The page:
Hans PumAccording to reports out of Europe the Austrian Ski Federation has restructured the top end of the organization with long time alpine boss Hans Pum moving up to serve as the sports director for all disciplines.

The move was announced at a Friday press conference in Vienna.

In addition, Toni Giger, the head alpine men’s coach for the past 11 years, has been tabbed to head the department of Development, Research and Innovation.

Federation President Peter Schroecksnadel said the move was not a compromise but a new beginning. “We start again, like we were at the bottom. We are still first, but we are so close to the to second turn.”

The entire organization has been handed a new slogan to work by: “As a team together for success” is the rough translation. The president said he expects alpine (under Mathias Berthod and Herbert Mandl), jumping and Nordic combined (under Ernst Vettori), cross country and biathlon (under Markus Gandler), the snowboarder (under Christian Gall) and the ski cross (under Sabine Wittner) teams to work together.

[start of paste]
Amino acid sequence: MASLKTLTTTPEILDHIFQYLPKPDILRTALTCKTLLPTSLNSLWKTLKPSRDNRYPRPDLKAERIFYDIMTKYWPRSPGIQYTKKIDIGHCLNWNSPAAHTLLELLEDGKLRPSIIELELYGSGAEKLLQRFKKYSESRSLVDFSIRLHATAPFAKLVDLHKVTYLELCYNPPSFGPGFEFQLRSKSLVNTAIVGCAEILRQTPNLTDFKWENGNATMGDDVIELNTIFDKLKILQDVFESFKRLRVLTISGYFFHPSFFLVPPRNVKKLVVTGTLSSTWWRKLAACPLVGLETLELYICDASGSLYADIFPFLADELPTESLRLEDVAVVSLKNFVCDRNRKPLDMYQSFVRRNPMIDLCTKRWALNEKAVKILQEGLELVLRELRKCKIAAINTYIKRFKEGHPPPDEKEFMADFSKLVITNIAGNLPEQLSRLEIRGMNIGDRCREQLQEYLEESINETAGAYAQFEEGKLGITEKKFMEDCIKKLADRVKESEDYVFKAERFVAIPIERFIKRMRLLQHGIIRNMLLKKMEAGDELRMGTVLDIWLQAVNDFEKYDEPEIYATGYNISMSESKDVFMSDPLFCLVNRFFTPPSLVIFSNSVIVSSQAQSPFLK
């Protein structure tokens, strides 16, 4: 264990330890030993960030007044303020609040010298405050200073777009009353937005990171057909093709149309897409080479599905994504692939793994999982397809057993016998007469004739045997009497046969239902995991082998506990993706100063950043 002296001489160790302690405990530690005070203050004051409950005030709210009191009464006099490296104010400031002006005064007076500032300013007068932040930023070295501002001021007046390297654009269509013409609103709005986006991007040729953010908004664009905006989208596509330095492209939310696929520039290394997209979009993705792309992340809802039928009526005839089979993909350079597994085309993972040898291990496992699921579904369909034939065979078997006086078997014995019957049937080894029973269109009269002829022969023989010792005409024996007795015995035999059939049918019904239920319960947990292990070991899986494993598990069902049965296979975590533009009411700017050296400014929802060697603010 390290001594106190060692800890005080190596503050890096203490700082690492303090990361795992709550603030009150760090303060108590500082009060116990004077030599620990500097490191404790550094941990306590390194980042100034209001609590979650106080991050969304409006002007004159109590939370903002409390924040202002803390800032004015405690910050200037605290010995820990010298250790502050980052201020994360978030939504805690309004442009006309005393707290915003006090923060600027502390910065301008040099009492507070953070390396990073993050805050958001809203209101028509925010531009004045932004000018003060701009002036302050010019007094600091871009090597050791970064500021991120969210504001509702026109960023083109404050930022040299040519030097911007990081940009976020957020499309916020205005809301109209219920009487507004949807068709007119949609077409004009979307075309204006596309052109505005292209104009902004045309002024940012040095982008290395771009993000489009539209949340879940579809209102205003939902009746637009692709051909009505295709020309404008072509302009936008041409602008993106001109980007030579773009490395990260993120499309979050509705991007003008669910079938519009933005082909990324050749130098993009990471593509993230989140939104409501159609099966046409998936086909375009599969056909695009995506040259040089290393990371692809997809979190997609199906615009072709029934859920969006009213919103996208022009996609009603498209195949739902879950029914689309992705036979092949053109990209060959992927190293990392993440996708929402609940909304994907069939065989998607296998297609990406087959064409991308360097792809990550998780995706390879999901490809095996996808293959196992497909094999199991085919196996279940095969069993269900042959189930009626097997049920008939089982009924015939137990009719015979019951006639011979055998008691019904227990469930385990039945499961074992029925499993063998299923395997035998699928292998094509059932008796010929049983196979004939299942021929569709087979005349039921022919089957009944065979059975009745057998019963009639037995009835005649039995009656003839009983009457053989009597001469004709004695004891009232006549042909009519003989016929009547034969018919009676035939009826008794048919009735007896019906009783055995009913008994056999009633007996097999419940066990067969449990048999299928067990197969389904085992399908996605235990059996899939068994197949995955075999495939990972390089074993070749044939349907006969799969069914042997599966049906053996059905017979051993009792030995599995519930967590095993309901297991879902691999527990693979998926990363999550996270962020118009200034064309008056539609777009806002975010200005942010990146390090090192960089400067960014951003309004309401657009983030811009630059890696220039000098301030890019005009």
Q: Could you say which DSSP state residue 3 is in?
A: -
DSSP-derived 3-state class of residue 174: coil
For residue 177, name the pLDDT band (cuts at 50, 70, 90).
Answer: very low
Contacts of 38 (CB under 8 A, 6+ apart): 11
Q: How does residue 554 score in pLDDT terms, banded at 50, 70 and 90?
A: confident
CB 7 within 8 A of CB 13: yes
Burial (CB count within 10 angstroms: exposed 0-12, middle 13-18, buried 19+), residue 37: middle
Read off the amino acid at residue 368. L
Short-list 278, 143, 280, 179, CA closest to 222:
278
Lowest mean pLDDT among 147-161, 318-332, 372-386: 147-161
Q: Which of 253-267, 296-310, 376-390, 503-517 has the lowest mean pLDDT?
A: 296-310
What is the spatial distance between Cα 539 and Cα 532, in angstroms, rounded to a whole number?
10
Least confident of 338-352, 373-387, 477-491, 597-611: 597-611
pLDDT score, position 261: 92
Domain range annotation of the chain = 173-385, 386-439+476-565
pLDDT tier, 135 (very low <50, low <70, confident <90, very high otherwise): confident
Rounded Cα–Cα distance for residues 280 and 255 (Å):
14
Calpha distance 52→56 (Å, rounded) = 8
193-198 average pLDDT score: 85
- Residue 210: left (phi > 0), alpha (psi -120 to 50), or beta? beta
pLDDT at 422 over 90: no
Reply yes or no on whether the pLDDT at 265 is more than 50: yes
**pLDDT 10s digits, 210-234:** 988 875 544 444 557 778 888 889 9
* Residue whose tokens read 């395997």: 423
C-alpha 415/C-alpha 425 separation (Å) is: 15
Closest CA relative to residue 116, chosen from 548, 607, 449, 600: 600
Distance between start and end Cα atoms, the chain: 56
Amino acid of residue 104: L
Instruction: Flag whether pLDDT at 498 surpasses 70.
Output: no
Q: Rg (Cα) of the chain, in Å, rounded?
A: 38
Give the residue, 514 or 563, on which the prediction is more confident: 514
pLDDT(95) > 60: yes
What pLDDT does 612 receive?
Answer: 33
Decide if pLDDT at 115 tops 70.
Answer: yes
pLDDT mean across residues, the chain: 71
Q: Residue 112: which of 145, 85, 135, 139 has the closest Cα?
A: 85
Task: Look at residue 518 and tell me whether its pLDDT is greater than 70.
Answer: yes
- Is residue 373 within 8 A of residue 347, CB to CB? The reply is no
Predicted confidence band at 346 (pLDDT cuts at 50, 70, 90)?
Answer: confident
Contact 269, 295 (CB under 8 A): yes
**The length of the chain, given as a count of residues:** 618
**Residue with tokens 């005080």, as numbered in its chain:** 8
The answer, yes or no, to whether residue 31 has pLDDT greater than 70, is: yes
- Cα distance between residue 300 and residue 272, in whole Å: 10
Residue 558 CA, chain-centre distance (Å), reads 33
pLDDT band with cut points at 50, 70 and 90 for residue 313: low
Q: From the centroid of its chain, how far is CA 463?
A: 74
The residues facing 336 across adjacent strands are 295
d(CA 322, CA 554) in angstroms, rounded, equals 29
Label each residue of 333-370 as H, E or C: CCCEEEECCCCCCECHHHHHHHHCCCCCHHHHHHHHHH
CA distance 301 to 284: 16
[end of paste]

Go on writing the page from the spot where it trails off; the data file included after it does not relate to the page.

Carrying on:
“They all have a plan,” Schroecksnadel said, “and they also have a boss – Hans Pum.”

Pum joined the federation in 1977 and said he had long seen a need for better cooperation between the Austrian ski teams.

“We need to combine knowledge and power, that synergies are achieved.” He said relaxation exercises for the ski jumpers or concentration exercises of the biathletes might translate well to other disciplines for example.

Giger said he was enthusiastically looking forward to his new position and will oversee a group of 35 to 40 employees ranging from sport science to service. He will be centered in the competence center in Bramberg.

“We are no worse than the others, but we have no longer an advantage,” Giger said, indicating he would pursue regaining an advantage.

Article Tags: Alpine , Top Story
Hank McKee
Senior Editor
In memoriam: The veteran of the staff, McKee started with Ski Racing in 1980. Over the seasons, he covered virtually every aspect of the sport, from the pro tours to junior racing, freestyle and World Cup alpine competition. He wrote the first national stories for many U.S. team stars, and was still around to report on their retirements. “Longevity has its rewards,” he said, “but it’s a slow process.”



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